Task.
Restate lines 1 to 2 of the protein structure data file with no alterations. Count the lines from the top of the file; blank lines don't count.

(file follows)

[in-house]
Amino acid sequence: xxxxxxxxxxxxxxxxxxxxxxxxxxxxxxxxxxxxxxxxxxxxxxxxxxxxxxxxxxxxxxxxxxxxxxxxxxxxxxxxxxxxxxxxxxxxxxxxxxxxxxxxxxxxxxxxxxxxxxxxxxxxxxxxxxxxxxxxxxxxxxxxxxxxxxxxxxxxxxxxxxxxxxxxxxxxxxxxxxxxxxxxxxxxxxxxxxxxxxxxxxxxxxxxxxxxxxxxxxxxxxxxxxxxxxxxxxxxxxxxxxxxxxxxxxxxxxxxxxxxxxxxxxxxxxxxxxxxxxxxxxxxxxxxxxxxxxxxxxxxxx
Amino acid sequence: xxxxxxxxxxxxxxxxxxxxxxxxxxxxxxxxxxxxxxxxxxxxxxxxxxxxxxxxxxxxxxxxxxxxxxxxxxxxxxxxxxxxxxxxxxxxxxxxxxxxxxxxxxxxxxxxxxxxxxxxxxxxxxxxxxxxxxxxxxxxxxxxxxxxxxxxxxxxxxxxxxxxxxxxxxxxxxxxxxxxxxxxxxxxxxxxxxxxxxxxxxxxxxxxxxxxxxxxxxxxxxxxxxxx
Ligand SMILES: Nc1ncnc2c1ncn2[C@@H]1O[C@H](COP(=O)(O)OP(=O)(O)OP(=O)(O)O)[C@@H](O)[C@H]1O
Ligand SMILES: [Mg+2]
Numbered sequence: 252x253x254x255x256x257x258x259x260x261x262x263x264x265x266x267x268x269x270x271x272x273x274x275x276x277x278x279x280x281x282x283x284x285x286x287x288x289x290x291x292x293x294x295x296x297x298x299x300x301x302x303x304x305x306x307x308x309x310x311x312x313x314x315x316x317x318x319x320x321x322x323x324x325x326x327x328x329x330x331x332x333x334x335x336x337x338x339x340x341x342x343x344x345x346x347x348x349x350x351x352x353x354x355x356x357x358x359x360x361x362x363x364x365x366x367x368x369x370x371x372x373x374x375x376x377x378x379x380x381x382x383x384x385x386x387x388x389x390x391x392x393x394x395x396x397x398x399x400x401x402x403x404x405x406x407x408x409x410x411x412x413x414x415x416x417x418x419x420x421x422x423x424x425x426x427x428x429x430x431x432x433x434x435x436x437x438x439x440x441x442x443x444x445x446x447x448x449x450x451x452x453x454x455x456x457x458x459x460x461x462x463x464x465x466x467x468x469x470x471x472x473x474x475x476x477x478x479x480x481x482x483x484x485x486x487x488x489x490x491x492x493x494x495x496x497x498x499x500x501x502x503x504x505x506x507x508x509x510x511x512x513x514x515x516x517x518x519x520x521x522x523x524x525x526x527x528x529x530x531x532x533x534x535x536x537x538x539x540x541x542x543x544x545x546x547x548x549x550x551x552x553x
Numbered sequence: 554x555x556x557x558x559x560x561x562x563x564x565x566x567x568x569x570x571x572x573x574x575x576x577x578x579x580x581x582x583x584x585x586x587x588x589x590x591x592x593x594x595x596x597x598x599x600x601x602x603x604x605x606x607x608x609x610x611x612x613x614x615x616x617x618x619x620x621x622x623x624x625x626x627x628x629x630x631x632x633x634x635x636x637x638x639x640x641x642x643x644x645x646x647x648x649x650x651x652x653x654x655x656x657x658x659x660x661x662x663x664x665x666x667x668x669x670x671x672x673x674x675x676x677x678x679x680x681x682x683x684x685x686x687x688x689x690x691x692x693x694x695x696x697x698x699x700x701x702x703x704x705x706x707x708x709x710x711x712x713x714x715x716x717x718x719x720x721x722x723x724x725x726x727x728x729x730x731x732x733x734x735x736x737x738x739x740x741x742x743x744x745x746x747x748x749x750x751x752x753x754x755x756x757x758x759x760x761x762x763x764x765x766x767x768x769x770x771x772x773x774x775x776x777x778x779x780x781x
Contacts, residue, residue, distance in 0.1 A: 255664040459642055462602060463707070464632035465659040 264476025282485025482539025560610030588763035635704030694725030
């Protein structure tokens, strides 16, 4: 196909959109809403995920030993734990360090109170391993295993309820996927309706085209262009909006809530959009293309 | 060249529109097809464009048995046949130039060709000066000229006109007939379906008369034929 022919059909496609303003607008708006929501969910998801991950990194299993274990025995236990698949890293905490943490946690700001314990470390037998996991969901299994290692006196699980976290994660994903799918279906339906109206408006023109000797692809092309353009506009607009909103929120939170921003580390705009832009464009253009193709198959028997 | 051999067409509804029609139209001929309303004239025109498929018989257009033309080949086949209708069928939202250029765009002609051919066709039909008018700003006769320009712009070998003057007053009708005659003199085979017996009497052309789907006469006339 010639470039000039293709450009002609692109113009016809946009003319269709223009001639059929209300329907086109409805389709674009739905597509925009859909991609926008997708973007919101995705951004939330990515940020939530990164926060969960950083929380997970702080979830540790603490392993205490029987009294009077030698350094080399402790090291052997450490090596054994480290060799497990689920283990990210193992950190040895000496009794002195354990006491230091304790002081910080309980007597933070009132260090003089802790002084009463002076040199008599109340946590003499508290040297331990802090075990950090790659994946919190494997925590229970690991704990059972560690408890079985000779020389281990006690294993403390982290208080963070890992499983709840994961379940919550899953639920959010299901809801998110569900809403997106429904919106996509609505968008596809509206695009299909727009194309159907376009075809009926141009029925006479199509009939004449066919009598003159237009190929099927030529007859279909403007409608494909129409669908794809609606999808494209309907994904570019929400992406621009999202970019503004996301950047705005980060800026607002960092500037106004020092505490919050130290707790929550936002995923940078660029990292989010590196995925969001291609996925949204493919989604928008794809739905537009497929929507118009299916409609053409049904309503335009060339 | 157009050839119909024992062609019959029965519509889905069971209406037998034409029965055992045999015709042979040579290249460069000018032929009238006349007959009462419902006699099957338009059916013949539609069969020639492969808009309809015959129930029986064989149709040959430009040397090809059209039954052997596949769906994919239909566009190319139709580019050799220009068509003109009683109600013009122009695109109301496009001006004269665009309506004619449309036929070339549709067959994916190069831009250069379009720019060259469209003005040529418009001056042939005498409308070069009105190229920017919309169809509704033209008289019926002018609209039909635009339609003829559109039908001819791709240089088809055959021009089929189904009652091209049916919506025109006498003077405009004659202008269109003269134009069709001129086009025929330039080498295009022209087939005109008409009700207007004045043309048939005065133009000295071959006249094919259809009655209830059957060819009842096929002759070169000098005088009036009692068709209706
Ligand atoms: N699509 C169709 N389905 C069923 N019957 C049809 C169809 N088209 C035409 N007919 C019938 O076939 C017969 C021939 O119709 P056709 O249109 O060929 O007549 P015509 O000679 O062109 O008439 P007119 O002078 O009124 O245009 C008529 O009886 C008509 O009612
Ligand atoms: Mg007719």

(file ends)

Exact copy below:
[in-house]
Amino acid sequence: xxxxxxxxxxxxxxxxxxxxxxxxxxxxxxxxxxxxxxxxxxxxxxxxxxxxxxxxxxxxxxxxxxxxxxxxxxxxxxxxxxxxxxxxxxxxxxxxxxxxxxxxxxxxxxxxxxxxxxxxxxxxxxxxxxxxxxxxxxxxxxxxxxxxxxxxxxxxxxxxxxxxxxxxxxxxxxxxxxxxxxxxxxxxxxxxxxxxxxxxxxxxxxxxxxxxxxxxxxxxxxxxxxxxxxxxxxxxxxxxxxxxxxxxxxxxxxxxxxxxxxxxxxxxxxxxxxxxxxxxxxxxxxxxxxxxxxxxxxxxxx